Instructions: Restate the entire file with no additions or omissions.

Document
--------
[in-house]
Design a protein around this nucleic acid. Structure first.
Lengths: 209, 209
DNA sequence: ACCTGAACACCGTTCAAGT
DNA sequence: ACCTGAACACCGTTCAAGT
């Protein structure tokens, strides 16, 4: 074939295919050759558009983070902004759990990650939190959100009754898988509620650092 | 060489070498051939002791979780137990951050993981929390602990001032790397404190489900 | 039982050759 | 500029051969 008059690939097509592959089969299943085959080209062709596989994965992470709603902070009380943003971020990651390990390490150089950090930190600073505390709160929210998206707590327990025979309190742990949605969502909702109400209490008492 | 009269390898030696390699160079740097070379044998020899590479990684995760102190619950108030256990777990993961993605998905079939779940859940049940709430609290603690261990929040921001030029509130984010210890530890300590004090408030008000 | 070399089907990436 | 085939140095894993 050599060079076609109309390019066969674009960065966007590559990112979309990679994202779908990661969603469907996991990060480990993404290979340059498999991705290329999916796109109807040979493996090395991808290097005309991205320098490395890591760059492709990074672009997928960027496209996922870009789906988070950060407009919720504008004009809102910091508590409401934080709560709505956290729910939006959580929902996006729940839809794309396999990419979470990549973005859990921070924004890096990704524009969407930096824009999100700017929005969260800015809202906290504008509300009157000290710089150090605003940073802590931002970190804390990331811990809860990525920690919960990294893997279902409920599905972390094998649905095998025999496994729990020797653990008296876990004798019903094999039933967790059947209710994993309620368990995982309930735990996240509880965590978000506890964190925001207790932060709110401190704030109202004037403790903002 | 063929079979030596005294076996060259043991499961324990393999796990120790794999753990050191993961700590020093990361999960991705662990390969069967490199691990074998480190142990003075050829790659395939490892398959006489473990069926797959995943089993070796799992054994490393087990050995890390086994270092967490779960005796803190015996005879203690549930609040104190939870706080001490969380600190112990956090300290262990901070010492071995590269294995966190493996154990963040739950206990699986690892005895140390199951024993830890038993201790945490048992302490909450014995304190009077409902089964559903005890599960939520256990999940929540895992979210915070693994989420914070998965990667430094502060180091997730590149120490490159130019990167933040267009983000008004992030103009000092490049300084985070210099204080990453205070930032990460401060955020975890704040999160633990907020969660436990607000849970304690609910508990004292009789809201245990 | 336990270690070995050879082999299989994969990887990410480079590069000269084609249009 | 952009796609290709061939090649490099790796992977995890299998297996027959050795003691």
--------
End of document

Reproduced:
[in-house]
Design a protein around this nucleic acid. Structure first.
Lengths: 209, 209
DNA sequence: ACCTGAACACCGTTCAAGT
DNA sequence: ACCTGAACACCGTTCAAGT
């Protein structure tokens, strides 16, 4: 074939295919050759558009983070902004759990990650939190959100009754898988509620650092 | 060489070498051939002791979780137990951050993981929390602990001032790397404190489900 | 039982050759 | 500029051969 008059690939097509592959089969299943085959080209062709596989994965992470709603902070009380943003971020990651390990390490150089950090930190600073505390709160929210998206707590327990025979309190742990949605969502909702109400209490008492 | 009269390898030696390699160079740097070379044998020899590479990684995760102190619950108030256990777990993961993605998905079939779940859940049940709430609290603690261990929040921001030029509130984010210890530890300590004090408030008000 | 070399089907990436 | 085939140095894993 050599060079076609109309390019066969674009960065966007590559990112979309990679994202779908990661969603469907996991990060480990993404290979340059498999991705290329999916796109109807040979493996090395991808290097005309991205320098490395890591760059492709990074672009997928960027496209996922870009789906988070950060407009919720504008004009809102910091508590409401934080709560709505956290729910939006959580929902996006729940839809794309396999990419979470990549973005859990921070924004890096990704524009969407930096824009999100700017929005969260800015809202906290504008509300009157000290710089150090605003940073802590931002970190804390990331811990809860990525920690919960990294893997279902409920599905972390094998649905095998025999496994729990020797653990008296876990004798019903094999039933967790059947209710994993309620368990995982309930735990996240509880965590978000506890964190925001207790932060709110401190704030109202004037403790903002 | 063929079979030596005294076996060259043991499961324990393999796990120790794999753990050191993961700590020093990361999960991705662990390969069967490199691990074998480190142990003075050829790659395939490892398959006489473990069926797959995943089993070796799992054994490393087990050995890390086994270092967490779960005796803190015996005879203690549930609040104190939870706080001490969380600190112990956090300290262990901070010492071995590269294995966190493996154990963040739950206990699986690892005895140390199951024993830890038993201790945490048992302490909450014995304190009077409902089964559903005890599960939520256990999940929540895992979210915070693994989420914070998965990667430094502060180091997730590149120490490159130019990167933040267009983000008004992030103009000092490049300084985070210099204080990453205070930032990460401060955020975890704040999160633990907020969660436990607000849970304690609910508990004292009789809201245990 | 336990270690070995050879082999299989994969990887990410480079590069000269084609249009 | 952009796609290709061939090649490099790796992977995890299998297996027959050795003691």